Moving On: Dallas Entrepreneur Center Founder Trey Bowles Steps Down
“What I love to do is starting, building, and growing things,” Bowles said in an interview. “The DEC is doing what I wanted it to do—and it is not done by any means—but there is value in bringing in new leadership.”
Bowles said he had personally given himself a deadline of five years to build up the nonprofit DEC—which hosts a co-working space for companies and offers incubator programs—and then figure out what’s next for him professionally. He said he’s still weighing his options but that he definitely will pursue something in the for-profit sector.
In the meantime, he is becoming the DEC’s executive chairman and will help find his successor and help that person transition into the job. He expects that that person to be an entrepreneur and, likely, someone already in Dallas, who “has a deep affinity for this city.”
Among that person’s priorities will be to engage with political and business leaders in making the case that communities should invest in programs that support entrepreneurship, like the DEC. That’s sometimes been a hard sell, he said, when communities are looking for quick payback. Programs like DEC “are not real estate plays,” Bowles said. “This is an investment in the future.”
In the five years Bowles has helmed the DEC, the organization has sought to boost innovative tech companies in the region and also to promote entrepreneurship to groups that are underrepresented in the industry. “Entrepreneurship should be available to everyone,” he said.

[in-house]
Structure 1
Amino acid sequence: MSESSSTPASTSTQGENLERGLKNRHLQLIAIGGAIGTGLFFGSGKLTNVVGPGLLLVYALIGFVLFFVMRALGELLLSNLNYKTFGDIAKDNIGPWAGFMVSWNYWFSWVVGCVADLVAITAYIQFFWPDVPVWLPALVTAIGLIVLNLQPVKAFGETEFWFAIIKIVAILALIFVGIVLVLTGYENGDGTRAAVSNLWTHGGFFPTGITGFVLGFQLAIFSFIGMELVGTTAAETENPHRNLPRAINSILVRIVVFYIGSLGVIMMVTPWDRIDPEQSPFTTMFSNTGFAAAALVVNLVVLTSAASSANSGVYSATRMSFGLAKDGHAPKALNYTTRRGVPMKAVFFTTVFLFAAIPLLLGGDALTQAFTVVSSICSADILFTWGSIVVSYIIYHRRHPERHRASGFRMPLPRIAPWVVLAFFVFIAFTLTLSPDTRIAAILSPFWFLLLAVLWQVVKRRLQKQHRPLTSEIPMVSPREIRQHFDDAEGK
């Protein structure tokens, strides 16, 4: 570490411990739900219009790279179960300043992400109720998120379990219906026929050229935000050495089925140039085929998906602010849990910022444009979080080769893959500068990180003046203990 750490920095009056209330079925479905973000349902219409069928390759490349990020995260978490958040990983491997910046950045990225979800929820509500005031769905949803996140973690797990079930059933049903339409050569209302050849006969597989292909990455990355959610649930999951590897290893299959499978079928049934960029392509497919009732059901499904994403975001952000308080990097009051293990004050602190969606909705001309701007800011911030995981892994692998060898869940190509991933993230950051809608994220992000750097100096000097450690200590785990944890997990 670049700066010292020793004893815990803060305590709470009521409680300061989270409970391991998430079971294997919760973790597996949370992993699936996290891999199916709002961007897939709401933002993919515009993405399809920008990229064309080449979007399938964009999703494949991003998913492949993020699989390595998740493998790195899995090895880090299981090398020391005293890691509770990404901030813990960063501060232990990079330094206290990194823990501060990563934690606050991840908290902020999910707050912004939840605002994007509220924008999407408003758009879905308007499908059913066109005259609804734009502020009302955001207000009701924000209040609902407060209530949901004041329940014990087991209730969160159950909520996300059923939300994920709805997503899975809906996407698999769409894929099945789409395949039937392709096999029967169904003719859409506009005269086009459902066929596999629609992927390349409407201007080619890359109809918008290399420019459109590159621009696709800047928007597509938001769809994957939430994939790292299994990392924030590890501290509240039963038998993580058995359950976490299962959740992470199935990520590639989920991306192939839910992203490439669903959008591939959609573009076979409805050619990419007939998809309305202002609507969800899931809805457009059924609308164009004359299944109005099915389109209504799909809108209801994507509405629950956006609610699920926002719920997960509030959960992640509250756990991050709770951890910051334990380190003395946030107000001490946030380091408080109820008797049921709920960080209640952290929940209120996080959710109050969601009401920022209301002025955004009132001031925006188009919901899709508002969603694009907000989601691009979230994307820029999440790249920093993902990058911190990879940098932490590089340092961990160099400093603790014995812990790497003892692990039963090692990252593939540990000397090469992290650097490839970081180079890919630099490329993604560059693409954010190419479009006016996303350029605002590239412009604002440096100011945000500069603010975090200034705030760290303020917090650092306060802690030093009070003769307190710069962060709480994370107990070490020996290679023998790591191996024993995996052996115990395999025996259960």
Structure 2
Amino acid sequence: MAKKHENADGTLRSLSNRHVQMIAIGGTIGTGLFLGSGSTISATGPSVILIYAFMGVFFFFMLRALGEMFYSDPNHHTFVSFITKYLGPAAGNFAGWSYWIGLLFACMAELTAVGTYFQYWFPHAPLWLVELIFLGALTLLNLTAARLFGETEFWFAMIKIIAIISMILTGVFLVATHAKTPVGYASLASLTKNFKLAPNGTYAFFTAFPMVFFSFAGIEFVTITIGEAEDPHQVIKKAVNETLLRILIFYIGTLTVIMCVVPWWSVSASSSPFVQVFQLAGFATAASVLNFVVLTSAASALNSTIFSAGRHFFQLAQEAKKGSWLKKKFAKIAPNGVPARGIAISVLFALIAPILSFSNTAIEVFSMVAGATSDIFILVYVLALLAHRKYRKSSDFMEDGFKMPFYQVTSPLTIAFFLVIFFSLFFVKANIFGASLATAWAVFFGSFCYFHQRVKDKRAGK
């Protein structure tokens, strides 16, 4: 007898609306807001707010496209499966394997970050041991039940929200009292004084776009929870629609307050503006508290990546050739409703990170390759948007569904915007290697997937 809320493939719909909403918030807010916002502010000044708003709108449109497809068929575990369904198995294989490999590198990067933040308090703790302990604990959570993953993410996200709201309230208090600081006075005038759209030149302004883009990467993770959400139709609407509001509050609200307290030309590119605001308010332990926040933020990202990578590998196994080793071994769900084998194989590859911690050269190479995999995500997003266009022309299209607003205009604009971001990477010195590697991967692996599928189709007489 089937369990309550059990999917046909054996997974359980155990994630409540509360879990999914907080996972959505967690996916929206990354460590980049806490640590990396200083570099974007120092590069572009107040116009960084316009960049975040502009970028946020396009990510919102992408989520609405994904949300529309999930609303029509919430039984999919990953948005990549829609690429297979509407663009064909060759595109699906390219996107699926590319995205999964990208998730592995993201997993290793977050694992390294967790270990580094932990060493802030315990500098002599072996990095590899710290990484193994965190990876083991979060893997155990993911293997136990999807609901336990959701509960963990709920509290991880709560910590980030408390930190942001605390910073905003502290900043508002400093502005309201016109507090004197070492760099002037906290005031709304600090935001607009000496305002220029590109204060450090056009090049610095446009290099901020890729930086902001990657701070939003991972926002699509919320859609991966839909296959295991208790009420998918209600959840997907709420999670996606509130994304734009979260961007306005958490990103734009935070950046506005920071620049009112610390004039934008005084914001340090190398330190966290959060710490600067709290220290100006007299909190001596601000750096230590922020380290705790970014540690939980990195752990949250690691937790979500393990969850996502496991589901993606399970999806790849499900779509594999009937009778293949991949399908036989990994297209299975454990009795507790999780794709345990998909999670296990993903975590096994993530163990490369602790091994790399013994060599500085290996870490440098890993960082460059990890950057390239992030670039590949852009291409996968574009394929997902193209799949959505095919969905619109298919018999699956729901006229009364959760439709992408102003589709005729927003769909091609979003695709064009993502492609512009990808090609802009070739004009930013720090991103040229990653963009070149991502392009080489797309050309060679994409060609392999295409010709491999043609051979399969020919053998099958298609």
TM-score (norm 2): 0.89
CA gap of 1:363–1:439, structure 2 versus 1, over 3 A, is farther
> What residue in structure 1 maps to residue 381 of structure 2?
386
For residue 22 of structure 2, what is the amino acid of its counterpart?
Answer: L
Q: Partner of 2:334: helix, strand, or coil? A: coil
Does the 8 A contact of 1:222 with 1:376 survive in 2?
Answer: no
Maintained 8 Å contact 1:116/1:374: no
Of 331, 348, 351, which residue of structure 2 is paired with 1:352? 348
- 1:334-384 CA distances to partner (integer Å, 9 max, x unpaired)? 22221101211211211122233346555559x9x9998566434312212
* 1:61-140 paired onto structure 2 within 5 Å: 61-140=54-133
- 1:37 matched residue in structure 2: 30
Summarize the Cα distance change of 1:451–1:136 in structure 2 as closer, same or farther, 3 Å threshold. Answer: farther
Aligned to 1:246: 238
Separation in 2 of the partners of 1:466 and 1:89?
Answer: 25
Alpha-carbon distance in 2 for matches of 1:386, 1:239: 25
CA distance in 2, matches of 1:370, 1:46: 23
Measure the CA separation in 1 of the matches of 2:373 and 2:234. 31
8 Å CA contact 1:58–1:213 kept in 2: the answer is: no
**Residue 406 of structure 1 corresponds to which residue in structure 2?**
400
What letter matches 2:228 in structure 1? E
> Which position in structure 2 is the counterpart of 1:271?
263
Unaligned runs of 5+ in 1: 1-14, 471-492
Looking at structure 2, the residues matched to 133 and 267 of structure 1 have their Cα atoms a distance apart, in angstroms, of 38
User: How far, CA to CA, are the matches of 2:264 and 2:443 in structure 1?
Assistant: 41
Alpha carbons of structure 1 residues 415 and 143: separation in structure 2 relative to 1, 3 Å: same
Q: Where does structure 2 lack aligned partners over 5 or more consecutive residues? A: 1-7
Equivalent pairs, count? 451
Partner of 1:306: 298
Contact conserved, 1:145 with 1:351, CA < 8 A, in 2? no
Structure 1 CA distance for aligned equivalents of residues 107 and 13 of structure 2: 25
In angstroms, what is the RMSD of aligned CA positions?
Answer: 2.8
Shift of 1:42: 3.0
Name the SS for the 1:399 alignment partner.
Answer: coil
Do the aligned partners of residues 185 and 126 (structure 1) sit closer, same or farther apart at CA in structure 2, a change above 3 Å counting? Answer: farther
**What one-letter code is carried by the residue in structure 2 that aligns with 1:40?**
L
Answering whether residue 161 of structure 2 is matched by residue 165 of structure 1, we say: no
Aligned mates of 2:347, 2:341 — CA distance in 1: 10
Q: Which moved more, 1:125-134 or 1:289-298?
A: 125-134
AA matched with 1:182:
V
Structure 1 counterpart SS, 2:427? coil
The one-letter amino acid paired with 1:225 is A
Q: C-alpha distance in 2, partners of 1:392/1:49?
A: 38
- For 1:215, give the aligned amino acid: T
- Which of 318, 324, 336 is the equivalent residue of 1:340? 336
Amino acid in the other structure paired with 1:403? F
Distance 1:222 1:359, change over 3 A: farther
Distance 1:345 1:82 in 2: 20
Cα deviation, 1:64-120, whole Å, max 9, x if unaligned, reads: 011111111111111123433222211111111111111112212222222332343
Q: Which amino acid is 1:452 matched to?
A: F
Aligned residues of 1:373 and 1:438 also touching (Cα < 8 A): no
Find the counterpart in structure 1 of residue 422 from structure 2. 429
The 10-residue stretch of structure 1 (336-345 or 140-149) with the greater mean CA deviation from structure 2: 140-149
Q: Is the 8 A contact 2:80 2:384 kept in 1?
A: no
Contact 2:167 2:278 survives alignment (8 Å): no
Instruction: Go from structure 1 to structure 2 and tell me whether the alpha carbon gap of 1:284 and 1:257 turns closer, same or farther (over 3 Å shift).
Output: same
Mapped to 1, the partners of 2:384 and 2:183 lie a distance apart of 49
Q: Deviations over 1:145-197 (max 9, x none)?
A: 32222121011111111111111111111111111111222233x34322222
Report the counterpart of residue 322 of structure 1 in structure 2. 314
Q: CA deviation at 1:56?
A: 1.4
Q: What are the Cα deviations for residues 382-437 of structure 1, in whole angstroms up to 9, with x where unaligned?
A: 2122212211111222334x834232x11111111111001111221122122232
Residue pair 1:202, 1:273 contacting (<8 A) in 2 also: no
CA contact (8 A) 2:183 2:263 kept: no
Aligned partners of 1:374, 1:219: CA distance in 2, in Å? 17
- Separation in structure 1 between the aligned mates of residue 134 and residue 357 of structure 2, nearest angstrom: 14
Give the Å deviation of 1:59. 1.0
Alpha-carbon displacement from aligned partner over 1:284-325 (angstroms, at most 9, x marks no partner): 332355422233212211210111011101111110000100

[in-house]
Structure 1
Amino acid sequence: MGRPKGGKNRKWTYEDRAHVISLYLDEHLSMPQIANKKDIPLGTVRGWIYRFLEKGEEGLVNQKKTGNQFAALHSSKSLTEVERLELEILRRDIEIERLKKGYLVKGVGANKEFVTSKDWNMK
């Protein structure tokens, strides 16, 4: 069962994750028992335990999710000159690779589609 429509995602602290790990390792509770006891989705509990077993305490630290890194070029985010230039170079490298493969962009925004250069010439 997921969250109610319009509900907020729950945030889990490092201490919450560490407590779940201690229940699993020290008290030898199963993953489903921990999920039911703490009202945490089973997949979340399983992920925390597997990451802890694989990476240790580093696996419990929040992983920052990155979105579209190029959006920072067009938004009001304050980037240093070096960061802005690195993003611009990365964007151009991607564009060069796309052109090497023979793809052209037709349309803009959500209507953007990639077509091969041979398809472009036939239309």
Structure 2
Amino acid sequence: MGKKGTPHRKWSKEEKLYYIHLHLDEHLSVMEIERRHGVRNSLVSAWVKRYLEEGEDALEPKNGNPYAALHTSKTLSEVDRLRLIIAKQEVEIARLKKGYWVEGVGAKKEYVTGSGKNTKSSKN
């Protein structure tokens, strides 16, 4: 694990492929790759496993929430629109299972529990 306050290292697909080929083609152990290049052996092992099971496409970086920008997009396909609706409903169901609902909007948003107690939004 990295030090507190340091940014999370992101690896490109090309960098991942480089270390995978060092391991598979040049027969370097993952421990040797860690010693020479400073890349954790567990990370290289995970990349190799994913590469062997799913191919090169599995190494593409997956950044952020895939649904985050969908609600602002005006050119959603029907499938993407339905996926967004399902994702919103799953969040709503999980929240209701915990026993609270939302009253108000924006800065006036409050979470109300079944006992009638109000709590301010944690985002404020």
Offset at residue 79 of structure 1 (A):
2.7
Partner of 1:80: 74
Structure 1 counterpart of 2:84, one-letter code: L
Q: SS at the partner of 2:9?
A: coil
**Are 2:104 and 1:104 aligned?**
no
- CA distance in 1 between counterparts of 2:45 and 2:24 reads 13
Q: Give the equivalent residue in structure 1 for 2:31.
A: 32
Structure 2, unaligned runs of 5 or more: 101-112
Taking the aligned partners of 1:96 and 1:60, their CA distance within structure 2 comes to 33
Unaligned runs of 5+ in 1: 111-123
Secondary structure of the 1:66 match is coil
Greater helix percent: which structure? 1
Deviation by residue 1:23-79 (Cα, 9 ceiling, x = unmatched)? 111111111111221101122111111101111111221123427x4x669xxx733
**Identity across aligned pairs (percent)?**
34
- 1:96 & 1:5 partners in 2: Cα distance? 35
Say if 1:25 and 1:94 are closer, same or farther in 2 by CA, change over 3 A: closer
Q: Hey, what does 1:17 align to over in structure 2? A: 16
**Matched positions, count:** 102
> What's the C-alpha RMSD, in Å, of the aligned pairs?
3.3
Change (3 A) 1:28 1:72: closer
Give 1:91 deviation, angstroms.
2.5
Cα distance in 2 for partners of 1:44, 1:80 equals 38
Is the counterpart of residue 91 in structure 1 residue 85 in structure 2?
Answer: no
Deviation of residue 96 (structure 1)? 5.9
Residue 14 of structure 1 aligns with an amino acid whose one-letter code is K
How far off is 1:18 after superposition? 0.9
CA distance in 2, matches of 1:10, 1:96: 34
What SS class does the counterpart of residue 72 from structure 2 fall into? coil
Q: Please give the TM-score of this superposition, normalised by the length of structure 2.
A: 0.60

To that end, the DEC co-sponsored programs such as a pitch contest with Comerica Bank to support women and minority entrepreneurs, and has opened three centers in Dallas’s southern half—a largely minority area that has been historically neglected–to create the Southern Dallas Entrepreneur Network.
The DEC has also exported its model both within the North Texas region and other parts of the state. Two years ago, Bowles worked with a group of San Antonio leaders to establish the San Antonio Entrepreneur Center.
Given the growth of tech centers throughout the state, one thing that Bowles said the DEC will stop doing is offering co-working space. “We now have 62 co-working spaces in Dallas—it’s no longer as important,” he said.
The DEC is moving its operations on June 1 to a building in Dallas’ Oak Lawn neighborhood as part of a partnership with Austin-based co-working space and accelerator Capital Factory. The two groups will focus on programming to connect startups with resources such as funding or mentors.
“For ecosystems to have long-term sustainability, you have to do succession planning and bring in the next leaders of the region,” Bowles said. “A measure of success is, ‘How does the company do when the founder is no longer there?’”